Results for 'SENGZHAO'

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  1. The Nonduality of Motion and Rest: Sengzhao on the Change of Things.Chien-Hsing Ho - 2018 - In Youru Charlie Wang & Sandra A. Wawrytko (eds.), Dao Companion to Chinese Buddhist Philosophy. Dordrecht: Springer. pp. 175-188.
    In his essay “Things Do Not Move,” Sengzhao (374?−414 CE), a prominent Chinese Buddhist philosopher, argues for the thesis that the myriad things do not move in time. This view is counter-intuitive and seems to run counter to the Mahayana Buddhist doctrine of emptiness. In this book chapter, I assess Sengzhao’s arguments for his thesis, elucidate his stance on the change/nonchange of things, and discuss related problems. I argue that although Sengzhao is keen on showing the plausibility (...)
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  2.  46
    Ontic Indeterminacy and Paradoxical Language: A Philosophical Analysis of Sengzhao’s Linguistic Thought.Chien-Hsing Ho - 2013 - Dao: A Journal of Comparative Philosophy 12 (4):505-522.
    For Sengzhao (374−414 CE), a leading Sanlun philosopher of Chinese Buddhism, things in the world are ontologically indeterminate in that they are devoid of any determinate form or nature. In his view, we should understand and use words provisionally, so that they are not taken to connote the determinacy of their referents. To echo the notion of ontic indeterminacy and indicate the provisionality of language, his main work, the Zhaolun, abounds in paradoxical expressions. In this essay, I offer a (...)
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  3.  58
    Emptiness as Subject-Object Unity: Sengzhao on the Way Things Truly Are.Chien-Hsing Ho - 2014 - In JeeLoo Liu & Douglas Berger (eds.), Nothingness in Asian Philosophy. New York, USA: Routledge. pp. 104-118.
    Sengzhao (374?−414 CE), a leading Chinese Mādhyamika philosopher, holds that the myriad things are empty, and that they are, at bottom, the same as emptiness qua the way things truly are. In this paper, I distinguish the level of the myriad things from that of the way things truly are and call them, respectively, the ontic and the ontological levels. For Sengzhao, the myriad things at the ontic level are indeterminate and empty, and he equates the way things (...)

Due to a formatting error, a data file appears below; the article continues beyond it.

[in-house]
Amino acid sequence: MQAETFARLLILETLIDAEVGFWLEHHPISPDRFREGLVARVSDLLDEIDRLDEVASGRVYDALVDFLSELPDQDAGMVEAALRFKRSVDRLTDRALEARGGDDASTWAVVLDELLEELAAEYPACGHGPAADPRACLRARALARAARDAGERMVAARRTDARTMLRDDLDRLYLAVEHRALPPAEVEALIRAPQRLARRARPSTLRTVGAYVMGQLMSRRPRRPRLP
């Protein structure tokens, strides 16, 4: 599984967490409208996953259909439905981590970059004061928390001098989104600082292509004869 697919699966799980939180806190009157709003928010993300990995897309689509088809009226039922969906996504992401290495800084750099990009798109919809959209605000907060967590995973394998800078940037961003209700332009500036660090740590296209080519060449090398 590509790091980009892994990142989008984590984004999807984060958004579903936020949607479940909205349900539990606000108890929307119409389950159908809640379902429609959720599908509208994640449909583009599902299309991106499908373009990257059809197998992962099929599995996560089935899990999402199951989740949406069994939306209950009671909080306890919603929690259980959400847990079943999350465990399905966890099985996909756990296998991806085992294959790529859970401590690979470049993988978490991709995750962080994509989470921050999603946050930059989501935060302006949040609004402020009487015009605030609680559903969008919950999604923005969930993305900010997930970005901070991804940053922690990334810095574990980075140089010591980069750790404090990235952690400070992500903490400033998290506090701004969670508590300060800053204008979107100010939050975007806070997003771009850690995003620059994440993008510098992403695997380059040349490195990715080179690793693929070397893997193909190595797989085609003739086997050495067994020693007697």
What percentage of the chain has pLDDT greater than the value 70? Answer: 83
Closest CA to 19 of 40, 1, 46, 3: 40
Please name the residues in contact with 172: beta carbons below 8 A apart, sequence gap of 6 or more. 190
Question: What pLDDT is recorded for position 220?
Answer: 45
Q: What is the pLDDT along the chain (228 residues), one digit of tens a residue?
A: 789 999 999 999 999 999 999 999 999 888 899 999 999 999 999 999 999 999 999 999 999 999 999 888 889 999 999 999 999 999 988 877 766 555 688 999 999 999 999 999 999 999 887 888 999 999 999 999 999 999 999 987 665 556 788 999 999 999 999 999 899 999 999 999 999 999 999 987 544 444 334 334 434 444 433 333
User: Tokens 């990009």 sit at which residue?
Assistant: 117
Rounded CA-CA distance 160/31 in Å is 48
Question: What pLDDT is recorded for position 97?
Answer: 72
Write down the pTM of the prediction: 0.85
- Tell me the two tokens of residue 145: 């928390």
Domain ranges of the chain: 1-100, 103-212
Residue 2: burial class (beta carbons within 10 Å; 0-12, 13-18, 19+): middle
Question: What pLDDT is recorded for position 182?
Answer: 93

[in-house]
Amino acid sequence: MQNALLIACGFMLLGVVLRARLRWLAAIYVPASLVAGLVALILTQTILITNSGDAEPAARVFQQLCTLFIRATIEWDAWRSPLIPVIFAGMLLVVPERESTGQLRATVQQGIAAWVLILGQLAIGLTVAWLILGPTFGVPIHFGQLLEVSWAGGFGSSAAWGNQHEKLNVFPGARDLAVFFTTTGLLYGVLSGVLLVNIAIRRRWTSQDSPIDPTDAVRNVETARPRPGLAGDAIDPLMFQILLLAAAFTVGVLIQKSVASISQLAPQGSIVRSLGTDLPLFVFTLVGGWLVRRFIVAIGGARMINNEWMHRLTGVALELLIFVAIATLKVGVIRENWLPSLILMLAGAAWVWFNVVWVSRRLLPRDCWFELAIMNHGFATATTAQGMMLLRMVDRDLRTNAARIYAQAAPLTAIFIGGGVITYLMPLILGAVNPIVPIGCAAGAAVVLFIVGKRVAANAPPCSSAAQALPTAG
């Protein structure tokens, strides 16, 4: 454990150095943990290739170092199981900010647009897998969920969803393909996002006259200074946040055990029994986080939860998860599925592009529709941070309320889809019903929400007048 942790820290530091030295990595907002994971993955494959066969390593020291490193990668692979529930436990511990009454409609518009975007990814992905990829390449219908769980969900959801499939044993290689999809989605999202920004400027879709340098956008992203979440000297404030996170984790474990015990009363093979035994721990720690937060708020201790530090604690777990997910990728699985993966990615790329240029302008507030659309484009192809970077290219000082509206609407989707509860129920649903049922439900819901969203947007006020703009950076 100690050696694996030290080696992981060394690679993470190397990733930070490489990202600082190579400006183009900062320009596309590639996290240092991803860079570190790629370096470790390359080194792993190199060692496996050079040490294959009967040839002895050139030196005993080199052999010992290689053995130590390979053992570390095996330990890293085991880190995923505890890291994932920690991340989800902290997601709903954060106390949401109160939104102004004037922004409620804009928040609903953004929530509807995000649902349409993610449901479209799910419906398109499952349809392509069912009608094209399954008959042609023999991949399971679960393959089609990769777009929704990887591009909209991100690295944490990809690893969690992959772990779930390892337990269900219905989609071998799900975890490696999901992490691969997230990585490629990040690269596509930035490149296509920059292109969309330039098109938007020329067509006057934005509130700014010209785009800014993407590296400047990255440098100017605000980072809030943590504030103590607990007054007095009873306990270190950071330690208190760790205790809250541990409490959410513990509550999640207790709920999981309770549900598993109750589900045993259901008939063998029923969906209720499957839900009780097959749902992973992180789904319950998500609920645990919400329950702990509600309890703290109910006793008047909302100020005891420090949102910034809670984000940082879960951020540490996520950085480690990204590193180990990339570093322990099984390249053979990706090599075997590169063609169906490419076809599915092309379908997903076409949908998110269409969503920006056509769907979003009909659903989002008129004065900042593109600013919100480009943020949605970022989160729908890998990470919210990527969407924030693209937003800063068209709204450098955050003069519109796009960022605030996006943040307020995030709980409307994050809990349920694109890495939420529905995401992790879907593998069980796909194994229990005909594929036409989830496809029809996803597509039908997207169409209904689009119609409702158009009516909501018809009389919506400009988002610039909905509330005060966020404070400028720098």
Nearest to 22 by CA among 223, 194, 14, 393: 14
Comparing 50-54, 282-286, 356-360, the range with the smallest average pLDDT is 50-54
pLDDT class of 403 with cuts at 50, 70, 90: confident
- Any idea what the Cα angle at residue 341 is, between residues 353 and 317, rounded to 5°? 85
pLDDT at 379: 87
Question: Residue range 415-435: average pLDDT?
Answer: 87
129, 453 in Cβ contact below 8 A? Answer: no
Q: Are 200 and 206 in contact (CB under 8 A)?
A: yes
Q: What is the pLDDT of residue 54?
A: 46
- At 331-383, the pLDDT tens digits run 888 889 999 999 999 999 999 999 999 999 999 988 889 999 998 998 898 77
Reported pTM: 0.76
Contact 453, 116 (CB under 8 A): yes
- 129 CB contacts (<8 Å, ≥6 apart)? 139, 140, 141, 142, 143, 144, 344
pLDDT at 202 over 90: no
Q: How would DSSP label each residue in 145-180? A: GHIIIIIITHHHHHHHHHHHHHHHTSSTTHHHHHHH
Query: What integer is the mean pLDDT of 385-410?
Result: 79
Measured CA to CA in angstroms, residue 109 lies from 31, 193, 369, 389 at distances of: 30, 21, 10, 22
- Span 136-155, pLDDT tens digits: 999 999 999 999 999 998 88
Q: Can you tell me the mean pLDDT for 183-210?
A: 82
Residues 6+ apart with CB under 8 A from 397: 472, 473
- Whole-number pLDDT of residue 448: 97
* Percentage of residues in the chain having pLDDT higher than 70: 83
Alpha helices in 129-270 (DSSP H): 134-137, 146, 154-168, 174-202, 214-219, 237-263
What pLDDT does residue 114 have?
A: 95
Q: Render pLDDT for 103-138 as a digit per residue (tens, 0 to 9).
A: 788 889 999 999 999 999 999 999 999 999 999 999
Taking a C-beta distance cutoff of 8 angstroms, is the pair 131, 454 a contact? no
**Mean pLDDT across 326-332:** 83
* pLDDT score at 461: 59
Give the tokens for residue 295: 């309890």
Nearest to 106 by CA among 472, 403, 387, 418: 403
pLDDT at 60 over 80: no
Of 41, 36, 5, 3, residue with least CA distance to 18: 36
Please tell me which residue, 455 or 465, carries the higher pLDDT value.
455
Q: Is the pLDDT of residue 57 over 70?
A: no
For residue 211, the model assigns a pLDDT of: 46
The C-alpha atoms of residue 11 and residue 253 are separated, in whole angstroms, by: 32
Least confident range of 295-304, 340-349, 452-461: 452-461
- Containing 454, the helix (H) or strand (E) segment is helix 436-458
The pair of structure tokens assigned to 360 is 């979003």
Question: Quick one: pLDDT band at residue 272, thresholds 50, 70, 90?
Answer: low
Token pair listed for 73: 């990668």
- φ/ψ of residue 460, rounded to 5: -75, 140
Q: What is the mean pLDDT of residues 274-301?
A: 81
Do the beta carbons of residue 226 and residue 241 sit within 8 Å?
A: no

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  4.  24
    The Ethical Implications of Sengzhao’s Concept of the Sage.Wei-Hung Yen - 2019 - Asian Philosophy 29 (1):79-87.
    ABSTRACTThis paper is an exploration of the ethical significance of Sengzhao’s concept of the sage as exhibited through a Buddhist practitioner’s expanded understanding and cognition of reality. From a philosophical point of view, I aim to show that the ethical significance of his concept of the sage comprises a shift first from ontology to epistemology, and then from epistemology to ethics. I firstly define Sengzhao’s concept of the sage and present a preliminary account of this concept before elaborating (...)
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  5. Sengzhao.Jeffrey Dippmann - 2004 - Internet Encyclopedia of Philosophy.
     
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  6.  87
    Emptiness, Being and Non-Being: Sengzhao’s Reinterpretation of the Laozi and Zhuangzi in a Buddhist Context.Tan Mingran - 2008 - Dao: A Journal of Comparative Philosophy 7 (2):195-209.
    This essay argues two main points by analyzing Sengzhao’s contentions regarding several basic Buddhist concepts such as emptiness, being, and nonbeing. First, Sengzhao synthesizes Daoist methods of argumentation into his description of the middle path and other Buddhist concepts. Second, he revives Daoist concepts, giving them Buddhist meaning and expressing them in Buddhist terms. In the process, he consciously differentiates Madhyamika Buddhism from earlier Buddhism as understood from a Daoist perspective, such as the teachings of the School of (...)
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  7. The Finger Pointing Toward the Moon: A Philosophical Analysis of the Chinese Buddhist Thought of Reference.Chien-Hsing Ho - 2008 - Journal of Chinese Philosophy 35 (1):159-177.
    In this essay I attempt a philosophical analysis of the Chinese Buddhist thought of linguistic reference to shed light on how the Buddhist understands the way language refers to an ineffable reality. For this purpose, the essay proceeds in two directions: an enquiry into the linguistic thoughts of Sengzhao (374-414 CE) and Jizang (549-623 CE), two leading Chinese Madhyamika thinkers, and an analysis of the Buddhist simile of a moon-pointing finger. The two approaches respectively constitute the horizontal and vertical (...)
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    Incongruent Names: A Theme in the History of Chinese Philosophy.Paul J. D’Ambrosio, Hans-Rudolf Kantor & Hans-Georg Moeller - 2018 - Dao: A Journal of Comparative Philosophy 17 (3):305-330.
    This essay is meant to shed light on a discourse that spans centuries and includes different voices. To be aware of such trans-textual resonances can add a level of historical understanding to the reading of philosophical texts. Specifically, we intend to demonstrate how the notion of the ineffable Dao 道, prominently expressed in the Daodejing 道德經, informs a long discourse on incongruent names in distinction to a mainstream paradigm that demands congruity between names and what they designate. Thereby, we trace (...)
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